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A Case Against the Sushi Bar
Seeing your fish before you order makes sense. But most sushi joints are small enough; you can view the offerings from your table
I fake it all day: “Loved your movie.” “You look great in that outfit.” “I go to Craig’s because I love the cioppino.” So when I pay for dinner, I want to be able to focus on pretending to enjoy my companion’s conversation—not on the food. That’s why sitting at the sushi bar is a terrible idea. The dining industry was smartly set up to avoid any contact between the chef and the diner. If I’ve got a problem, I tell my waiter, she tells the chef in a much nicer way, and a solution is brokered. It’s the same reason the entertainment industry has agents.
I don’t want to smile at the austere, older Japanese man after every bite. I’m a sushi patron, not a sushi hooker. If I leave a piece uneaten—or just finish the story I was telling instead of immediately devouring whatever is set before me—I fear I’m going to send the chef into a Japanese shame spiral that ends in a very ugly way. So when he nods, I nod right back and grin while pointing at my food as if to say, “How did you ever put this fish right on top of this pile of rice, you goddamned genius?” Worse yet, with his face two feet away, if he says not to soy, there’s no freaking way I can soy.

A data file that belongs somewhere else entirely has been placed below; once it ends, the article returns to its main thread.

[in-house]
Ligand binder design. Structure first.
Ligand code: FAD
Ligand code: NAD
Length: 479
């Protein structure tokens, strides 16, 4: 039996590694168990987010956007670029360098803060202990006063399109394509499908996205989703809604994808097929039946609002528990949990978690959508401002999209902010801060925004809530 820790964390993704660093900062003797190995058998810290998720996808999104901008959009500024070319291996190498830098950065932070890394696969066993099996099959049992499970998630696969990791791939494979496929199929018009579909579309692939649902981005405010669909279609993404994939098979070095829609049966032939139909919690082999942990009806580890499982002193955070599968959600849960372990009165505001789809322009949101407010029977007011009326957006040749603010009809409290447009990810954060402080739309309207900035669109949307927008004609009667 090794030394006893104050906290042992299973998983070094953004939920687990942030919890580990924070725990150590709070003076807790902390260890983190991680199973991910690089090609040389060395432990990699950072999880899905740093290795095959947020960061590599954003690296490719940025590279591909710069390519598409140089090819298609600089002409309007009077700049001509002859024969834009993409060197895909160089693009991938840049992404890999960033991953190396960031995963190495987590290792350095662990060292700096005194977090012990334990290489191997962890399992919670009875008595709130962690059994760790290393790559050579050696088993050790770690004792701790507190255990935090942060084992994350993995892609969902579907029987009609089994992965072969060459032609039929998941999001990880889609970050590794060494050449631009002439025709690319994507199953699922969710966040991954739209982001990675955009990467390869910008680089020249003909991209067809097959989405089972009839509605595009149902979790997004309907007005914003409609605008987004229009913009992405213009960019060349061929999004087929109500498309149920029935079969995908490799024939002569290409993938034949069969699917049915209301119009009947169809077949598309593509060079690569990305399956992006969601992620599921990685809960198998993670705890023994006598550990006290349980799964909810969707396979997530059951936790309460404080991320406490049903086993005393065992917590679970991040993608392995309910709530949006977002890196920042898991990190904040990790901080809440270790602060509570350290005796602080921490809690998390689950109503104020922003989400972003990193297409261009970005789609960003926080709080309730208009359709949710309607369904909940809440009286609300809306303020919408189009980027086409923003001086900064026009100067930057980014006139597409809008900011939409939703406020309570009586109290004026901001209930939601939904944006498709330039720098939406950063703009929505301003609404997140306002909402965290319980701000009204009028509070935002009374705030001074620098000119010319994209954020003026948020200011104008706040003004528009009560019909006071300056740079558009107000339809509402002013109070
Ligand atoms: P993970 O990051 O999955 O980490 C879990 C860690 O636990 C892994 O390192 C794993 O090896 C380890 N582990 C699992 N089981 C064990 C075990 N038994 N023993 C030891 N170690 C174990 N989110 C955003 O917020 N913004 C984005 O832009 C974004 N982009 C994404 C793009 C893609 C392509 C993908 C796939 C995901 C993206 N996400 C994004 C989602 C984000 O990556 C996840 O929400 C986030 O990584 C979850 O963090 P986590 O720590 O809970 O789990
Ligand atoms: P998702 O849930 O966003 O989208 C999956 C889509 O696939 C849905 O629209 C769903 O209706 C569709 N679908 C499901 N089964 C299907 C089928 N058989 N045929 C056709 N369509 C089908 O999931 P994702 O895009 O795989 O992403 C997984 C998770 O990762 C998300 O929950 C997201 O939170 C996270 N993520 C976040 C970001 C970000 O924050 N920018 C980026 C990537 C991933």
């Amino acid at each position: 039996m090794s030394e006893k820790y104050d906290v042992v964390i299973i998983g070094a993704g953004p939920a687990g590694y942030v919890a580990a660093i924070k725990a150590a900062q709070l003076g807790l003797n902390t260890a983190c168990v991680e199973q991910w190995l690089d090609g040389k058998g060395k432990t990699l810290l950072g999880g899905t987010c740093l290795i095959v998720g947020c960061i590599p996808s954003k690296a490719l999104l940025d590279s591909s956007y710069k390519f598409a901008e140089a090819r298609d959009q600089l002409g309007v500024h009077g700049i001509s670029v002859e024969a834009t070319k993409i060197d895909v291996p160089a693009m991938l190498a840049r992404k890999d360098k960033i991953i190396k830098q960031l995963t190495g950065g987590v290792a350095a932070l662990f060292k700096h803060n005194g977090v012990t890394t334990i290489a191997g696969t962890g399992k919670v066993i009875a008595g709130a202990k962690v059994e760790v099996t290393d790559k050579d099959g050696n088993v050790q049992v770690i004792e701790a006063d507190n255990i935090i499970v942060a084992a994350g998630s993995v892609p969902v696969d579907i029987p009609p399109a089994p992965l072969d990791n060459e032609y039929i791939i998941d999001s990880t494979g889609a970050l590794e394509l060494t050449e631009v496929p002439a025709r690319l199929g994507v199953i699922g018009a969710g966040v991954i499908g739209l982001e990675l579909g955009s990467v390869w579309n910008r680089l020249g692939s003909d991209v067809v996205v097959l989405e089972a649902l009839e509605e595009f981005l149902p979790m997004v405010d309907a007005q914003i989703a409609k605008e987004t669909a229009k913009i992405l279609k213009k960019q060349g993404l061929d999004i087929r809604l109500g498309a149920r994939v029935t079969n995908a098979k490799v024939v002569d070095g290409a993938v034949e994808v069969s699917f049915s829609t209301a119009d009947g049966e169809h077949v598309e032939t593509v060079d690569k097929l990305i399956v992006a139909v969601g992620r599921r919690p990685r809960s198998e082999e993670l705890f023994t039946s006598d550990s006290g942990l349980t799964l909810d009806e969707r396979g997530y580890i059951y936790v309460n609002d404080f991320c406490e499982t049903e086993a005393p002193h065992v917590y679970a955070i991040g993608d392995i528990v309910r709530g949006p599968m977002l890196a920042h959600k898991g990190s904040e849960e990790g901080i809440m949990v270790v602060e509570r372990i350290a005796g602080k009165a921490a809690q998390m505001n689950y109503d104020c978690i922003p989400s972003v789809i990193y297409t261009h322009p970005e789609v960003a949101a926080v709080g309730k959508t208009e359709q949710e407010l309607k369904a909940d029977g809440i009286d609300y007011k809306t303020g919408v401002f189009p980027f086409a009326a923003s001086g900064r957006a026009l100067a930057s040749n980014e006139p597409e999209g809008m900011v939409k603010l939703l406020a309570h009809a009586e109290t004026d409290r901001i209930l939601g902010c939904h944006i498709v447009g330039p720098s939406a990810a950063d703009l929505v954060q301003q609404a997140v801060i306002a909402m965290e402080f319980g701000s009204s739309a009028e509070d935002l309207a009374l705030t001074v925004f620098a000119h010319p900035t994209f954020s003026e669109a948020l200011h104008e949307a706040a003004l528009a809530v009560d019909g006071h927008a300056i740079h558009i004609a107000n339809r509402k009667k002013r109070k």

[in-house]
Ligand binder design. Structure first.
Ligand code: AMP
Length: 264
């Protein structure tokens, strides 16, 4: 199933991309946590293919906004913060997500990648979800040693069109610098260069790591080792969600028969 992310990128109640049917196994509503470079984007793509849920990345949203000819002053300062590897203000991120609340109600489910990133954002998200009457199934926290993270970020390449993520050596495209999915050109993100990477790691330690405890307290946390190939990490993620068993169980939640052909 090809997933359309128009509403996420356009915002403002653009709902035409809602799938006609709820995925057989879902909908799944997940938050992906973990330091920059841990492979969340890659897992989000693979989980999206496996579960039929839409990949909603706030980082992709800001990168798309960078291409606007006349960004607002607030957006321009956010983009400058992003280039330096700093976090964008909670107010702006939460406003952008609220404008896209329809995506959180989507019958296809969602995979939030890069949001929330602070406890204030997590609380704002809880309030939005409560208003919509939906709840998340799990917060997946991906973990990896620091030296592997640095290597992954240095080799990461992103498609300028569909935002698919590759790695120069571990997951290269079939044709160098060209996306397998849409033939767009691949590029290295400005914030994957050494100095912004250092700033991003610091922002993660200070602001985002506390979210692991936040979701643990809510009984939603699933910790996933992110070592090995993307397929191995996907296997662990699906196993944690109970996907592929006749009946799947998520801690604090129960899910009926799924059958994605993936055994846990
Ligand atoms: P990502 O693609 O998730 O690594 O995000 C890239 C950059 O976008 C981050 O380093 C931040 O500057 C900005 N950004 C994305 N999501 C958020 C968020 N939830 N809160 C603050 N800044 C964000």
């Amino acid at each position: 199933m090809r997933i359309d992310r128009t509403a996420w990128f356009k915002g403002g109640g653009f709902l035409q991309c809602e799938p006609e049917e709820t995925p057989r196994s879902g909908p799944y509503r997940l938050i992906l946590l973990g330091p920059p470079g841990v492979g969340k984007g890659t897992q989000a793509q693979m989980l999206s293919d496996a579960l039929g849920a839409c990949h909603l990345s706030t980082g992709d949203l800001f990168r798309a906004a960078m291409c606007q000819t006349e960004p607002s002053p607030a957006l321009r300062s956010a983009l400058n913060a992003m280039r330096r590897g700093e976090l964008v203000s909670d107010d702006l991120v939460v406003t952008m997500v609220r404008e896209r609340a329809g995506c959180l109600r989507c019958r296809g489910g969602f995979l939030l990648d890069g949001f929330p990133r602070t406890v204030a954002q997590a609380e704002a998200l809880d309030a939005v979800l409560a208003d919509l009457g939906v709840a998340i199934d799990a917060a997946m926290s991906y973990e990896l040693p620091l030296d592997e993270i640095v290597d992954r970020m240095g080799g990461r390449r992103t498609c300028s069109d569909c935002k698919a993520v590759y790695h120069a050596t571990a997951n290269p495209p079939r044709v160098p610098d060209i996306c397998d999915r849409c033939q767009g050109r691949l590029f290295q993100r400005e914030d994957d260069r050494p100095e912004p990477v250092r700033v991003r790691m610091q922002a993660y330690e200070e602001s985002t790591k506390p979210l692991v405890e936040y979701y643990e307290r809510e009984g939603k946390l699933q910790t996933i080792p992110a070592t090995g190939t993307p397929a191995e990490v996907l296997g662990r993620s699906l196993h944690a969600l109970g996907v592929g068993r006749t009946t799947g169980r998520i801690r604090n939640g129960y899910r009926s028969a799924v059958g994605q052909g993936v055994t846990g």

Seeing your fish before you order makes sense. But most sushi joints are small enough, you can view the offerings from your table. There, your waiter will smile, and you don’t have to smile back. As it should be.
This feature originally appeared in the May 2013 issue of Los Angeles magazine